An MCL is the regulatory limit on the amount of a substance that is allowed in public water systems. The MCL for TTHM is 0.080 milligrams per liter (mg/L) or 80 parts per billion (ppb) for each LRAA. The MCL for HAA5 is 0.060 mg/L or 60 ppb for each LRAA. In other words, if the sampling site’s LRAA (the average of the last four quarterly sampling results for the site where the sample is taken) exceeds 80 ppb for TTHM or 60 ppb for HAA5, the MCL is exceeded. So long as the LRAA for a site remains at or below these regulatory levels, there is no exceedance of the MCL and the water is considered safe to drink.

How will I know if disinfection byproducts in my drinking water exceed the MCL?

Water suppliers must notify their customers as soon as practical of any exceedance of the Locational Running Annual Average MCL. If the MCL for disinfection byproducts were exceeded, the City of Sacramento would immediately contact the State Division of Drinking Water and the Sacramento County Environmental Health Department. The City would work with these agencies to provide immediate notice to the public. The City of Sacramento would utilize all available communication channels including press releases, social media, notices in public areas, and door-to-door notification in order to ensure that all affected customers are aware of water quality.

What are the health effects of disinfection byproducts in drinking water at levels above the maximum contaminant level?

Some people who drink water containing TTHM in excess of the MCL over many years could experience liver, kidney, or central nervous system problems and increased risk of cancer. Some people who drink water containing HAA5 in excess of the MCL over many years may have an increased risk of getting cancer.

This health effects language is not intended to catalog all possible health effects from disinfection byproducts. Rather, it is intended to inform consumers of some of the possible health effects associated with disinfection byproducts in drinking water when the rule was finalized.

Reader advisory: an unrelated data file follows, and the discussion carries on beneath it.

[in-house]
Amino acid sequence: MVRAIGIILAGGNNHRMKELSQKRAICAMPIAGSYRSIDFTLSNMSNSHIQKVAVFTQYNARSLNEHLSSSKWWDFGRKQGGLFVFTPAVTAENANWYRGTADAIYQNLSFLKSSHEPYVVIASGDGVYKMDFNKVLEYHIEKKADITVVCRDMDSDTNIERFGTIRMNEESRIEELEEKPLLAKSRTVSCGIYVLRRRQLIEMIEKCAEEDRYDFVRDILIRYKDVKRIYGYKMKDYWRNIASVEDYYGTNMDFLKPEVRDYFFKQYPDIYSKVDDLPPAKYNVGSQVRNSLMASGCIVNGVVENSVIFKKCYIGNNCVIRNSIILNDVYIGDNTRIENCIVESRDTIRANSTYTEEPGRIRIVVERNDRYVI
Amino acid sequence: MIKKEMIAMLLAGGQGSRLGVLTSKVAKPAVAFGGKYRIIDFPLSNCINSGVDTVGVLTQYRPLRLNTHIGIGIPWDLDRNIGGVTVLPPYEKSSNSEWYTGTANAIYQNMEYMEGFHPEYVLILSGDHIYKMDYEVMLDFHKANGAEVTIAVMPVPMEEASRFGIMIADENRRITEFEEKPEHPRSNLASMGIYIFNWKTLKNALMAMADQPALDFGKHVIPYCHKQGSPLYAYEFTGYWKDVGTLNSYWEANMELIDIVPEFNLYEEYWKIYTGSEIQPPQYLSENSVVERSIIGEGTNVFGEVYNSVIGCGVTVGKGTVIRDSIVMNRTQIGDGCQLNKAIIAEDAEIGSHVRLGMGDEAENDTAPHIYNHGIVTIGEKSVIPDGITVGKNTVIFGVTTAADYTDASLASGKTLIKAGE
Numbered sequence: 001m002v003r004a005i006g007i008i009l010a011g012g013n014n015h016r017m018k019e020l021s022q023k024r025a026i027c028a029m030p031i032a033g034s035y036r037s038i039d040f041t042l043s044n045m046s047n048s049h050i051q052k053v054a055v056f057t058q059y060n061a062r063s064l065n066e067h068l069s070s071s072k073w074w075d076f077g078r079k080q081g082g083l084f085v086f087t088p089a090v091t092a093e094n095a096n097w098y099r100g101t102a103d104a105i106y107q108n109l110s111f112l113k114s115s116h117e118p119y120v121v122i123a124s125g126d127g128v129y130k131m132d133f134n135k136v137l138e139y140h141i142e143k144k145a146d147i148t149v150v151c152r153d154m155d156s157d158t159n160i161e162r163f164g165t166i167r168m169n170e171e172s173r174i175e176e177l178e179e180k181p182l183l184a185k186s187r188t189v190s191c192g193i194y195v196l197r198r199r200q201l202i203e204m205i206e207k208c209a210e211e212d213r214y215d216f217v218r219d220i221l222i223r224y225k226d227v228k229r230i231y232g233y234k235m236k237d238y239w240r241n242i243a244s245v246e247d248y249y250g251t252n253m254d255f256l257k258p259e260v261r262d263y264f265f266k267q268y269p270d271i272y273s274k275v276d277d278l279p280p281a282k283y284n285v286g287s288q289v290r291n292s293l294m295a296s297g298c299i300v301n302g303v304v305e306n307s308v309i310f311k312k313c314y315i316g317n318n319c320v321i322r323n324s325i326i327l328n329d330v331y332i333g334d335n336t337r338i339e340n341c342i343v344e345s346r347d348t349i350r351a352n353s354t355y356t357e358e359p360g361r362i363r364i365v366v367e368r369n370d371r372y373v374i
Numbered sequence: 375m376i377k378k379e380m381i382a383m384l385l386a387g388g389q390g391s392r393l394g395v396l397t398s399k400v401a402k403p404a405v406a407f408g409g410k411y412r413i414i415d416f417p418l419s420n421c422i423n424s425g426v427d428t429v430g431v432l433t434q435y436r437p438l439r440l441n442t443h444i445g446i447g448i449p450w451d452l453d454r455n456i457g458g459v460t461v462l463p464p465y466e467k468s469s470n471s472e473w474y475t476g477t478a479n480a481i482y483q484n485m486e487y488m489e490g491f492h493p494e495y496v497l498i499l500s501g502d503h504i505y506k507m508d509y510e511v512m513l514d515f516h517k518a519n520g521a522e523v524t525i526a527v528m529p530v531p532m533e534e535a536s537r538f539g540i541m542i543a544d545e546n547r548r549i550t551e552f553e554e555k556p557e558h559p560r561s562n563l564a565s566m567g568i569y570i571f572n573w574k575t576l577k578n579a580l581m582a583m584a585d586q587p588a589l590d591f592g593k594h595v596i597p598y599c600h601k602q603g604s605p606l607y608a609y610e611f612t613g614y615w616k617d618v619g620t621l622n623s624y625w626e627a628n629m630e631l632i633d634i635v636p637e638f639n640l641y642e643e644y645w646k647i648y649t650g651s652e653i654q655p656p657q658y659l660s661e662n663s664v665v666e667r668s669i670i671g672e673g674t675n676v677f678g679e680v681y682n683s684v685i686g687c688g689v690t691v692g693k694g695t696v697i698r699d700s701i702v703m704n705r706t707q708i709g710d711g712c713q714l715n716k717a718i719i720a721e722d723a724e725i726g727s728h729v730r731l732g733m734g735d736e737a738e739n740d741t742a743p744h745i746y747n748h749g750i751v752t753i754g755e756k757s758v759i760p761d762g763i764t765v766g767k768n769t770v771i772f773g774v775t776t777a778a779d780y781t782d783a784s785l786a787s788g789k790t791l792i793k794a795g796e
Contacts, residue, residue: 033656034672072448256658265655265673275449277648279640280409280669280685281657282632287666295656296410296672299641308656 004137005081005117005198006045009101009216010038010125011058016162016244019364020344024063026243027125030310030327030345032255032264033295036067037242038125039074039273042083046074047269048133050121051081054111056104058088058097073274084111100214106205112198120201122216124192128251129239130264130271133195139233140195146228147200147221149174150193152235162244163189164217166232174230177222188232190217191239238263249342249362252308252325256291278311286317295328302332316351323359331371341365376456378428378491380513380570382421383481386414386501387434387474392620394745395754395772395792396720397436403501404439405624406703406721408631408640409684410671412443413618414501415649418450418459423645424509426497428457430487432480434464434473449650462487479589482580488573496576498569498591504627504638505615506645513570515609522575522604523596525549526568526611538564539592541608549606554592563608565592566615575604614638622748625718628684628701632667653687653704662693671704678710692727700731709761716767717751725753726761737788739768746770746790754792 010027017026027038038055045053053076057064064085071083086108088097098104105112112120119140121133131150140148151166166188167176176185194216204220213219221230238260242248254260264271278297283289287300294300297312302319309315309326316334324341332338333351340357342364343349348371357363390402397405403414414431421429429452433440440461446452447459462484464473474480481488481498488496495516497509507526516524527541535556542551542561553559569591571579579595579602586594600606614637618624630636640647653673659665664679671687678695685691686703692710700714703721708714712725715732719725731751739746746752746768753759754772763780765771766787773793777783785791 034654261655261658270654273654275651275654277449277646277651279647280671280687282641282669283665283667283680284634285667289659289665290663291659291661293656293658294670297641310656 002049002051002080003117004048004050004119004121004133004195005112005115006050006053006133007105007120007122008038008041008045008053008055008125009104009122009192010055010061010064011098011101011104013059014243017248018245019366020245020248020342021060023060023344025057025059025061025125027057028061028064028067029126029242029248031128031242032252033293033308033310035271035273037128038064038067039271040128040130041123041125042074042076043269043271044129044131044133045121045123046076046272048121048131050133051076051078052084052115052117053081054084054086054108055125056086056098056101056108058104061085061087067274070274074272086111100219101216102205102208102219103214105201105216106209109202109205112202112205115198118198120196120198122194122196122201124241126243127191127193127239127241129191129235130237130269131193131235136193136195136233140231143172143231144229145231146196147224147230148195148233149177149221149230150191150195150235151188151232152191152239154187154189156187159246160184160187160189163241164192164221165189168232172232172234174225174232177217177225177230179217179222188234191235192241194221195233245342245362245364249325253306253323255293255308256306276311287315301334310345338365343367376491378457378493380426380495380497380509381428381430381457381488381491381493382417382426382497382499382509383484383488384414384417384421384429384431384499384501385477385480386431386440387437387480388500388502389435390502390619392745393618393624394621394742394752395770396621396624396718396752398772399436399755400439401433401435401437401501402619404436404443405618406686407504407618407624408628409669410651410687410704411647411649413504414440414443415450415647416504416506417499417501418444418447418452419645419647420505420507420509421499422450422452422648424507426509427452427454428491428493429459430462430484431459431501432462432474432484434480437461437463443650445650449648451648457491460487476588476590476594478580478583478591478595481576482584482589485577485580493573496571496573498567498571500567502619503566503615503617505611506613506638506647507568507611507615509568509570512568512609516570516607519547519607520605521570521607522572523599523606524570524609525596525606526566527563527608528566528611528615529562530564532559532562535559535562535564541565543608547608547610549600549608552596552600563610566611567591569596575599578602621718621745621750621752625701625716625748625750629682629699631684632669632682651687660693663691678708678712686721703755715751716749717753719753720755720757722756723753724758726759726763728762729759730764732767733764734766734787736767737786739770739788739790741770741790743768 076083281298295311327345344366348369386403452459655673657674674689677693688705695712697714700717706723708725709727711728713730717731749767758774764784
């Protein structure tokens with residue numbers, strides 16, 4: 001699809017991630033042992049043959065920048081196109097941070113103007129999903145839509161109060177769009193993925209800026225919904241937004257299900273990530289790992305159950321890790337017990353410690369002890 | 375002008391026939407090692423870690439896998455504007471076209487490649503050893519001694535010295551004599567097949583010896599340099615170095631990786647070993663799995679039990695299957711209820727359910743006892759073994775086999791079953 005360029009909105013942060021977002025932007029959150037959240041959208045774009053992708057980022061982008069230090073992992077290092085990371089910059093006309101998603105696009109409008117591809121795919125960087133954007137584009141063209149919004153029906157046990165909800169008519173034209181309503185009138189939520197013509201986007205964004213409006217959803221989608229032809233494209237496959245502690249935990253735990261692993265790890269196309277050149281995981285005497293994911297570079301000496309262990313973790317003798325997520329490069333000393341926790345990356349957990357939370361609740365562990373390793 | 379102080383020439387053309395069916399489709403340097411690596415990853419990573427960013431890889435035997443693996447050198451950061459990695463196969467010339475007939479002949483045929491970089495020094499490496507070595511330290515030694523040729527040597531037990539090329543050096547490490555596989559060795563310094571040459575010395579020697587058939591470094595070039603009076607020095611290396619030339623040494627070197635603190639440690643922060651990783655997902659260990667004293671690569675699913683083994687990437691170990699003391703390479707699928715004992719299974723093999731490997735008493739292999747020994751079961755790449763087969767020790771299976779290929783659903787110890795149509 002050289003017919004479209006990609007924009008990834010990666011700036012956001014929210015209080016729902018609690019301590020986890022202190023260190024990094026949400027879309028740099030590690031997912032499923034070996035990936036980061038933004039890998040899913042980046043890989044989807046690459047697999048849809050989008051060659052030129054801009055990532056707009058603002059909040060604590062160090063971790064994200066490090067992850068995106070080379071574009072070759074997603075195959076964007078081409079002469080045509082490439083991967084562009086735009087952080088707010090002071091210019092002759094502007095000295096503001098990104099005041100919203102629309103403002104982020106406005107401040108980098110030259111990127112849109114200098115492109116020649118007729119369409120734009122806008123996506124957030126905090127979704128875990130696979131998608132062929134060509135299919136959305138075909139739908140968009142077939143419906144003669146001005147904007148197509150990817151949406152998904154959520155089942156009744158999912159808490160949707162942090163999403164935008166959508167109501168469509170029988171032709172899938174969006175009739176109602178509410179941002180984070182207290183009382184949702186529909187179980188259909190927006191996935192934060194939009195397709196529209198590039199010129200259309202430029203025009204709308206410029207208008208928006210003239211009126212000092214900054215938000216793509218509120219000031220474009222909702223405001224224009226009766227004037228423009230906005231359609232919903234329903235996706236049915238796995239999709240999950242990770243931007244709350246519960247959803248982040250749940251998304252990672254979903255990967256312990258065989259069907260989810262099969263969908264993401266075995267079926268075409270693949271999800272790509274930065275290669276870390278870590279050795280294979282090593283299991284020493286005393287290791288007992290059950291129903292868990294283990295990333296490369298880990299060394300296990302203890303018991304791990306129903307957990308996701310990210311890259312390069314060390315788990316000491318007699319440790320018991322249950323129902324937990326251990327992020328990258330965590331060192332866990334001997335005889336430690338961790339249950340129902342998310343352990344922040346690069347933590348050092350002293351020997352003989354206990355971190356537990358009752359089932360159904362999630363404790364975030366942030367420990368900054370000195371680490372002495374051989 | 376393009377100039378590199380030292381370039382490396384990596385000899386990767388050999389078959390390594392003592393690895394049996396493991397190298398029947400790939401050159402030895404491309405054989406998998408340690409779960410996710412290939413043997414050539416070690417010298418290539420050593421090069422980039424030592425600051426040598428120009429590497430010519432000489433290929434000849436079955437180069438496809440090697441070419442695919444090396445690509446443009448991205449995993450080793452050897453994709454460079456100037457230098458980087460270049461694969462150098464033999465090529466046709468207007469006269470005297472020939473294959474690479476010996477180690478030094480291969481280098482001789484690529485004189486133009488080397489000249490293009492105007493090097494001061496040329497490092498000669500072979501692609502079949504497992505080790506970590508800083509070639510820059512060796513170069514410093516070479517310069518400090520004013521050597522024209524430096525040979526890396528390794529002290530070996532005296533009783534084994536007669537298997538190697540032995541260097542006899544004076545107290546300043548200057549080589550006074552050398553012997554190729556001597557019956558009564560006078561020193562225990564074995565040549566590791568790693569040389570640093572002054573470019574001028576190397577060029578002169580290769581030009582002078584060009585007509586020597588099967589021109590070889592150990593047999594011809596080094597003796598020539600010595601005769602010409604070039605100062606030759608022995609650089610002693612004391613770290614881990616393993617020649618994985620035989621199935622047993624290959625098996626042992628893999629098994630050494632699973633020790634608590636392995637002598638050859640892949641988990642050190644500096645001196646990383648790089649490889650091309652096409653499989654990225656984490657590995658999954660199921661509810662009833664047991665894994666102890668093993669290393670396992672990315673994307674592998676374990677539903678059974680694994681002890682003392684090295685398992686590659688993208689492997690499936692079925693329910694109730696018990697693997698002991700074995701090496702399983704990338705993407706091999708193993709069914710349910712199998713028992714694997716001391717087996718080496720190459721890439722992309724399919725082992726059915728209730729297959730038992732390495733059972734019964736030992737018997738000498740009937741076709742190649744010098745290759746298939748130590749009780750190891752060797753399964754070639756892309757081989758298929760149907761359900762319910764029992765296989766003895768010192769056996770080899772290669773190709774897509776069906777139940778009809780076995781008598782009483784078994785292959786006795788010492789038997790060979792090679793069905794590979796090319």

What Is a Public Health Goal?

A Public health Goal (PHG) is the level of a chemical contaminant in drinking water below which there is no significant risk to health. PHGs are not regulatory standards; however, state law requires drinking water standards for chemical contaminants to be set as close to the corresponding PHG as is economically and technologically feasible. In some cases, it may not be feasible to set the drinking water standard for a contaminant at the same level as the PHG. The technology to treat the chemicals may not be available, or the cost of treatment may be very high; these factors must be considered when developing a drinking water standard.

Is Water Safe to Drink if Contaminant Levels Exceed Public Health Goals?

As long as drinking water complies with all MCLs, it is considered safe to drink, even if some contaminants exceed PHG levels. A PHG represents a contaminant level that California Department of Public Health and California’s public water systems should strive to achieve if it is feasible to do so. However, a PHG is not a boundary line between a “safe” and “dangerous” level of a contaminant, and drinking water that complies with MCLs is still considered safe and acceptable for public consumption.